“Petals, I mean, of course,” continued Avrillia, “all colors, but especially blue. And then I drop them over, and some day one of them may stick on the bottom –”
“But there isn’t any bottom,” said Sara, lifting eyes like black pansies for wonder.
“No, there’s no real bottom,” conceded Avrillia patiently, “but there’s an imaginary bottom. One might stick on that, you know. And then, with that to build to, if I drop them in very fast, I may be able to fill it up –”
“But there aren’t any sides to it, either!” objected Sara, even more wonderingly.
Avrillia betrayed a faint exasperation (it showed a little around the edges, like a green petticoat under a black dress). “Oh, these literal people!” she said, half to herself. Then she continued, still more patiently, “Isn’t it just as easy to imagine sides as a bottom? Well, as I was saying, if I write them fast enought to fill it up — I mean if one should stick, of course — somebody a hundred years from now may come along and notice one of my poems; and then I shall be Immortal.” And at that a lovely smile crossed Avrillia’s face.
Karle Wilson Baker spent just about all of her adult life in Texas, writing poetry, essays and novels, and I wonder if she didn’t occasionally feel like Avrillia, dropped her writing into the big Nothing and wondering if any of it would ever be noticed. Of course, some of her rose-petals landed in places like The Atlantic Monthly, Harper’s and Yale Review, and her 1925 children’s book on Texas history was adopted as a school text, so her writing life did not lack for recognition and reward. She died in 1960 after a career that earned her the title “First Lady of Texas Letters.”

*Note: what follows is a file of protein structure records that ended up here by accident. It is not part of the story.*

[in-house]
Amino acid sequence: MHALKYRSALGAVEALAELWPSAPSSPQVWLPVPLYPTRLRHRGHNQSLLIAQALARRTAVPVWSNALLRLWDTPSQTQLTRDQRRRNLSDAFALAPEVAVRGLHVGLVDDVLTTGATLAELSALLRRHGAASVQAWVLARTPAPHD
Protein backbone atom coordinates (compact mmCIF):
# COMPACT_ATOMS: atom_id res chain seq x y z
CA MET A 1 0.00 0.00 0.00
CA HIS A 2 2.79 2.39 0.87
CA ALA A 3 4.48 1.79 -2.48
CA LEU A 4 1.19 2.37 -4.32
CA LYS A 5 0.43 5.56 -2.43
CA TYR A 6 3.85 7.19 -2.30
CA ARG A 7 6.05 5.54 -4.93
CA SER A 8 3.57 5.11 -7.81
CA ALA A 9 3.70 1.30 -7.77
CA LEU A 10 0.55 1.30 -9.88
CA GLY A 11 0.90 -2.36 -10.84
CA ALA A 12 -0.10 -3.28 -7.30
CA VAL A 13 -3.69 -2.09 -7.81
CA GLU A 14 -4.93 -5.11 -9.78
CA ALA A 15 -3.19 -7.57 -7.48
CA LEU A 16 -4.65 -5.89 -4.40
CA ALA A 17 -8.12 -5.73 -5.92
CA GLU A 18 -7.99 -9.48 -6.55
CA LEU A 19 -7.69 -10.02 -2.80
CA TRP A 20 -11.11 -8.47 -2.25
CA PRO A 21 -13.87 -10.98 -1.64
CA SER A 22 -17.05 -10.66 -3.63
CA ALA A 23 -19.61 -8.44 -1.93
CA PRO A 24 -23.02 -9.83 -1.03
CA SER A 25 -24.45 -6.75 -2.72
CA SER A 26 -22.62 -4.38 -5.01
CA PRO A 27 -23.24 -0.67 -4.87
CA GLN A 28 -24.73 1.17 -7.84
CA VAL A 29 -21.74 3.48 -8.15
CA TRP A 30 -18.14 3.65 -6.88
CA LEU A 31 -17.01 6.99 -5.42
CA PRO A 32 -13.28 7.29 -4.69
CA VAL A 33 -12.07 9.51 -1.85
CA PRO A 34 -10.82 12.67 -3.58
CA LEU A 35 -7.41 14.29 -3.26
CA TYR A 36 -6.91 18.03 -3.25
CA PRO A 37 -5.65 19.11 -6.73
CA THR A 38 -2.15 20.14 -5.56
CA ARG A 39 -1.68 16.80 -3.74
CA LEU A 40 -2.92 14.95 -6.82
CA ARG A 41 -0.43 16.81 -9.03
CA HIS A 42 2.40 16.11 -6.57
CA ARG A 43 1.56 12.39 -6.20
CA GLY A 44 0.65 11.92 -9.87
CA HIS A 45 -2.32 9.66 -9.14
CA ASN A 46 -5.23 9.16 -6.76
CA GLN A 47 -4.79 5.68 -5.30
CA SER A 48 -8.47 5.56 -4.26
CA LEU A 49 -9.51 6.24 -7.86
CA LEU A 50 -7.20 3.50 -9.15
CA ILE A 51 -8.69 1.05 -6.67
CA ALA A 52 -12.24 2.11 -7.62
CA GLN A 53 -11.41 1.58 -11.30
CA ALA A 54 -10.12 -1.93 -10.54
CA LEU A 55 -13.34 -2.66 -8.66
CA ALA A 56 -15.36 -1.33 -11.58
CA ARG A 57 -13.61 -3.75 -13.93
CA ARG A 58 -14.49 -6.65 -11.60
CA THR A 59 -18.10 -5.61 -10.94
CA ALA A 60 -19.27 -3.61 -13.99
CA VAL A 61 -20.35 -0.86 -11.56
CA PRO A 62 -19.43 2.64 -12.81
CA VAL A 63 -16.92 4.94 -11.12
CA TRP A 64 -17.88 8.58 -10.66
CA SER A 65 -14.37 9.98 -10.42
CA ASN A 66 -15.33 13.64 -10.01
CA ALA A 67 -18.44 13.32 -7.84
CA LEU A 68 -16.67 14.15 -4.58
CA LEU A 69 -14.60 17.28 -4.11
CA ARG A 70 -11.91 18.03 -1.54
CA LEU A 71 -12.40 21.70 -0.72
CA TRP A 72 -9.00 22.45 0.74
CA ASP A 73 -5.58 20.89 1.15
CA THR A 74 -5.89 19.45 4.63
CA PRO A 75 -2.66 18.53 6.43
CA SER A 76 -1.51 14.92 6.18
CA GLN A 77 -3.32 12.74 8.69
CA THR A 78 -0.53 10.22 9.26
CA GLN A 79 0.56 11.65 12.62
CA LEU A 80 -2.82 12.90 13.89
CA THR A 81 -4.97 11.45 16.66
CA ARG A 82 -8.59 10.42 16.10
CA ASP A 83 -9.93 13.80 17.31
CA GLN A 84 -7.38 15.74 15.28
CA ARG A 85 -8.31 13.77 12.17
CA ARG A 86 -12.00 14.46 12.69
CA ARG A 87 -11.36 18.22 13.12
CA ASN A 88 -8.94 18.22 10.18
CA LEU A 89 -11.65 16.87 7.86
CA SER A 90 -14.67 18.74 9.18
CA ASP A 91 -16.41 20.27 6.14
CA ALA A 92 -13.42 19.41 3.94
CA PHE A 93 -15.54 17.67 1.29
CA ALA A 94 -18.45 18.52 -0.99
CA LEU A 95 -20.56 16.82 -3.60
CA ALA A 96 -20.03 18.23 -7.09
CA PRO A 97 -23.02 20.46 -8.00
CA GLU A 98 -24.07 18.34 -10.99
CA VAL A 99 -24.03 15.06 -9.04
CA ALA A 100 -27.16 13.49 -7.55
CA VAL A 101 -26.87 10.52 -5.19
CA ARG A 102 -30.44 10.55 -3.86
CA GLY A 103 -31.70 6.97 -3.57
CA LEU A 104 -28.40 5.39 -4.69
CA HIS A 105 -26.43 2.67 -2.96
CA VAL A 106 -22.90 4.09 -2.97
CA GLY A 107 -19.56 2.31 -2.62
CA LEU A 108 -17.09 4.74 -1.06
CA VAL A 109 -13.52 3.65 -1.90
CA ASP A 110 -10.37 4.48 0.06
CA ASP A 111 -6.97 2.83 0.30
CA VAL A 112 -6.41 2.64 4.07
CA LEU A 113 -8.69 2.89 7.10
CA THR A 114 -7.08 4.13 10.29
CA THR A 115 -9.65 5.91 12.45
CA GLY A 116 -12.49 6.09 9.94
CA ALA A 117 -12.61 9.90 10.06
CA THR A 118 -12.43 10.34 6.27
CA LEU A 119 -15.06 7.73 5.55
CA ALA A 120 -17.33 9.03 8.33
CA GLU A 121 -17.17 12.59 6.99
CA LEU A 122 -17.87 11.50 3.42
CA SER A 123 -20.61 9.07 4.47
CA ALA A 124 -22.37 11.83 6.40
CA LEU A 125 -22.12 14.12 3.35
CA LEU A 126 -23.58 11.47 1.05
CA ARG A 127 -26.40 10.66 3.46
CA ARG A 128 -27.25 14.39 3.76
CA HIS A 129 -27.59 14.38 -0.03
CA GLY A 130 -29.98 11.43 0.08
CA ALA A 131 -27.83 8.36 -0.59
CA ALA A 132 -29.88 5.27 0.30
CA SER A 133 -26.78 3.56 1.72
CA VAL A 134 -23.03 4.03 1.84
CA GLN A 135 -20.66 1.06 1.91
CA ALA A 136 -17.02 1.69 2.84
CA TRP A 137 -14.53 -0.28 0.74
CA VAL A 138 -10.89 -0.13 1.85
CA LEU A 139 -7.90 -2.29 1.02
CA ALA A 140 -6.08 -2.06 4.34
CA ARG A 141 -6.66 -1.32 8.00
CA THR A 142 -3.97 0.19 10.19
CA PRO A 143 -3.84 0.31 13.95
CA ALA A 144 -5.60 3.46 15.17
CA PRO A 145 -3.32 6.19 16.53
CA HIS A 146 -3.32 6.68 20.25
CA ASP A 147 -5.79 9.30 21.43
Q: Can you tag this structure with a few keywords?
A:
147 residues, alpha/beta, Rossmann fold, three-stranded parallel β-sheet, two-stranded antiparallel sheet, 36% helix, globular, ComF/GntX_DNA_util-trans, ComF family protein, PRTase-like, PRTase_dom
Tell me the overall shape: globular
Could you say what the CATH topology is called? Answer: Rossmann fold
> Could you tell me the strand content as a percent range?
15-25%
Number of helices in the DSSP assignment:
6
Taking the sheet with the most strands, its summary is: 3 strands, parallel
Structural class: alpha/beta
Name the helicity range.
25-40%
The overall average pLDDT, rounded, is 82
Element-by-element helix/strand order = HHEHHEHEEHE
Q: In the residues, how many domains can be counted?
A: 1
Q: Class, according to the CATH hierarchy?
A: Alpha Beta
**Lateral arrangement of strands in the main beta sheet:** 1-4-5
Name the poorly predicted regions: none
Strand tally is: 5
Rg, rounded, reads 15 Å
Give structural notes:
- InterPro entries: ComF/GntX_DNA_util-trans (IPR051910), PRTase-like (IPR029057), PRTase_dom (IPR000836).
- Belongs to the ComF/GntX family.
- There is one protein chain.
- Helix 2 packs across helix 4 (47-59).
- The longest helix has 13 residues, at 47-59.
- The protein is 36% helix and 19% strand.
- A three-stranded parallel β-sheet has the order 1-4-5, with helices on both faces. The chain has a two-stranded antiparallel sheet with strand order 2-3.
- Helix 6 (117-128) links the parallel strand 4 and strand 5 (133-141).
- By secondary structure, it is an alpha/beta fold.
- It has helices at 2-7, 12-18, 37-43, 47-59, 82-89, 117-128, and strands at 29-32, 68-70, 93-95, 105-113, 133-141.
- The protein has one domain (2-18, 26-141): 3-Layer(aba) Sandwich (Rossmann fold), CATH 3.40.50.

I don’t recall how old I was when I first walked into the Plynck’s garden, but the experience stayed with me in a half-remembered way until a friend told me about Theodore Sturgeon, a writer who also remembered the book from his childhood and constantly lamented that it was out of print. He devoted at least two articles to his search for the book, and while he didn’t remember the author’s name very well (he had it as Karl Baker) he did have a great memory for some of the better passages, including the one above. Now that the book has lapsed into the public domain, you can download it for free through Project Gutenberg or buy a copy that includes Florence Minard’s illustrations, which really do belong with the story.